As the Ontario government begins their work to reopen the provincial economy, Acting Medical Officer of Health for the Northwestern Health Unit, Dr. Ian Gemmill, says it’s still early in the fight against COVID-19.

“In this pandemic, we are not in the seventh inning. We’re in the first inning, and the first batter is up. That’s how far along we are. This is something that’s going to be with us for a while.”

Ontario’s government is currently planning a stage-by-stage approach to reopen the economy, to ensure there are appropriate measures in place so workplaces can open safely. Premier Doug Ford made the announcement earlier this week.

"Our top priority remains protecting the health and safety of the people of Ontario and supporting our frontline heroes as we do everything in our power to contain and defeat this deadly virus," said Ford.

"At the same time, we are preparing for the responsible restart of our economy. This next phase of our response to COVID-19 is designed to help us map out what needs to be done, and when, to get us back on the road to recovery."

Public health officials will carefully monitor each stage for two to four weeks, as they assess the evolution of the COVID-19 outbreak to determine if it is necessary to change course to maintain public health.

Gemmill says the easing of the restrictions do bring some benefits, but they must be done with caution and a number of precautions in place to keep communities as safe as possible from COVID-19.

“Whatever opens up, still needs to be done with the Coronavirus in mind. But this is a good thing in the sense that we want there to be not only physical health for Ontario residents, but economic health for our population. We know what happens when people are impoverished from circumstances beyond their control.”

However, as some politicians and local leaders have pitched the idea of opening Northern Ontario up earlier than the rest of the province, Gemmill say’s it also has some merit, but it’s not worth the risk.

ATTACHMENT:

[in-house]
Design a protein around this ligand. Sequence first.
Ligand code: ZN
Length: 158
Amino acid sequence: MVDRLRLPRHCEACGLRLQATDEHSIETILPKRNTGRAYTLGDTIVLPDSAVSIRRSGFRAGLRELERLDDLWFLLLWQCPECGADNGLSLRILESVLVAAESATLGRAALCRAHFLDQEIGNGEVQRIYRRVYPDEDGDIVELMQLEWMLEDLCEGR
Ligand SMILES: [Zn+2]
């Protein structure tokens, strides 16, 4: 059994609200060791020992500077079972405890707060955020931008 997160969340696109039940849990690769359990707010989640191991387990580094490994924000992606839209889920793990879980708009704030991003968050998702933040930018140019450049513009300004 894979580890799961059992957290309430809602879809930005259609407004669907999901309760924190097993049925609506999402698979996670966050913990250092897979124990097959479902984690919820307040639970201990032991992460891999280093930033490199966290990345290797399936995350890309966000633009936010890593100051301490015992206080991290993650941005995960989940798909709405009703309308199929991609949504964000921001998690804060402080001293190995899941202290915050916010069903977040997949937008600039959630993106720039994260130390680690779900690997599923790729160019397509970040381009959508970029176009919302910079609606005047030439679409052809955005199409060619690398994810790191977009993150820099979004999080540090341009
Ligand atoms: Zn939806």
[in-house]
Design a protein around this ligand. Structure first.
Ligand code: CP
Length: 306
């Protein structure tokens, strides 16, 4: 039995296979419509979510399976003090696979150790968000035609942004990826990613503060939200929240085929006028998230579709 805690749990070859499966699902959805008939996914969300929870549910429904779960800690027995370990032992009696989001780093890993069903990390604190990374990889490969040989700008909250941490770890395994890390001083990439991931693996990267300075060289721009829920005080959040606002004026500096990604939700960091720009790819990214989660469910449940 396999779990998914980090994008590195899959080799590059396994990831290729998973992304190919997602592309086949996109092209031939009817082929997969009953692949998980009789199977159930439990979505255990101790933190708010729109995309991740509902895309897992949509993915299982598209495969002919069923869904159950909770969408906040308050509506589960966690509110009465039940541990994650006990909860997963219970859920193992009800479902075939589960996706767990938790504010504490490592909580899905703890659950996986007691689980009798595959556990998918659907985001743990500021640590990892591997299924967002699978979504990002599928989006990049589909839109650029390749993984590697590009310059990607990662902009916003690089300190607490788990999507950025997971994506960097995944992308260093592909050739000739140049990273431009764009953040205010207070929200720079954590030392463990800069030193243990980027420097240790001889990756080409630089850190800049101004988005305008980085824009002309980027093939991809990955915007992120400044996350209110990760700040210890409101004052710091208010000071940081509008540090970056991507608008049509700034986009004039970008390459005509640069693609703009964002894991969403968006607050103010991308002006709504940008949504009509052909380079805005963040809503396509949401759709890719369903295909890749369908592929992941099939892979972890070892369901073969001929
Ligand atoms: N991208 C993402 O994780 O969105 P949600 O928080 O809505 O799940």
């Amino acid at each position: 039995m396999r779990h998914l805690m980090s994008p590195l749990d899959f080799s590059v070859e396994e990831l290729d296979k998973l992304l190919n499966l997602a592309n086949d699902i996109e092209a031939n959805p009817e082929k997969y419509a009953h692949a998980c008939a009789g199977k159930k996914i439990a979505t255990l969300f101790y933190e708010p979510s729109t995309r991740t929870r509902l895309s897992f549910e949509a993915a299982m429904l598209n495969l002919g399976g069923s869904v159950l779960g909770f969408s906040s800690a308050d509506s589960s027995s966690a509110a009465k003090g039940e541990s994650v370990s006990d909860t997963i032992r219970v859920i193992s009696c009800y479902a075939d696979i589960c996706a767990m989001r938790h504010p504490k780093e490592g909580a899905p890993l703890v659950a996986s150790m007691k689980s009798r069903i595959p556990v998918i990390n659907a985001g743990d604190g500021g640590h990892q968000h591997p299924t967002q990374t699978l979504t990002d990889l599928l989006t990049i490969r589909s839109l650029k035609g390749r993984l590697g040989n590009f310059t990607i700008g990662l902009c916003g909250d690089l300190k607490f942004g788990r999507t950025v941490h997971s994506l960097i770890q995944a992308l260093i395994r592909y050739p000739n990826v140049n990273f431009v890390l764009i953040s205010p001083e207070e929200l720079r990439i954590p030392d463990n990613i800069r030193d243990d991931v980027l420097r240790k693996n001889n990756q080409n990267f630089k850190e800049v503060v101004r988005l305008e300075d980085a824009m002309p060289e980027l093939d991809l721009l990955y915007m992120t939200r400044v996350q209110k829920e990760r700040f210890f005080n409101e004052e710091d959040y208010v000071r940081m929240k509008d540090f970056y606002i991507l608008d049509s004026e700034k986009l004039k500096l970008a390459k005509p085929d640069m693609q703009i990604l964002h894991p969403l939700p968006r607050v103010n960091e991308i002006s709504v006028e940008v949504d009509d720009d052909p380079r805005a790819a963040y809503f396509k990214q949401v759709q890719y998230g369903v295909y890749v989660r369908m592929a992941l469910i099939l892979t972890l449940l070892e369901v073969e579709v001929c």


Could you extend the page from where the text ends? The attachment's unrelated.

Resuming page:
“In the northwest, we don’t have good evidence of local transmission. So there is merit to it. But I would be very worried at this point in time if we went ahead with a separate plan for the north, and then discovering that we were in the middle of community transmission.”

“We would not want to find ourselves in that situation with an outbreak, when everyone else is reopening, and that will take things that much longer to open up locally. There’s merit to the point of view, but in my opinion, the preferred way to do this would be to be in-step with the rest of the province.”

Gemmill says the idea is typically linked to Northern Ontario and northwestern Ontario both seeing very low numbers of confirmed COVID-19 cases, but Gemmill notes that these numbers are constantly being updated.

“There’s two possibilities here. One is that the restrictions in place were so effective in the northwest, that it stopped a wave of COVID-19 from arriving. That’s what I’m hoping is correct. The second, is that the restrictions are simply delaying the wave. If that’s the case, I wouldn’t want to see things opened up and see ourselves in a situation where we are in trouble.”

Ontario’s plan to reopen the economy includes:

Stage 1: For businesses that were ordered to close or restrict operations, opening select workplaces that can immediately modify operations to meet public health guidance. Opening some outdoor spaces like parks and allowing for a greater number of individuals to attend some events. Hospitals would also begin to offer some non-urgent and scheduled surgeries, and other health care services.

Stage 2: Opening more workplaces, based on risk assessments, which may include some service industries and additional office and retail workplaces. Some larger public gatherings would be allowed, and more outdoor spaces would open.

Stage 3: Opening of all workplaces responsibly and further relaxing of restrictions on public gatherings.

Throughout each stage, continued protections for vulnerable populations must be in place, along with the continued practice of physical distancing, hand washing and respiratory hygiene, and significant mitigation plans to limit health risks.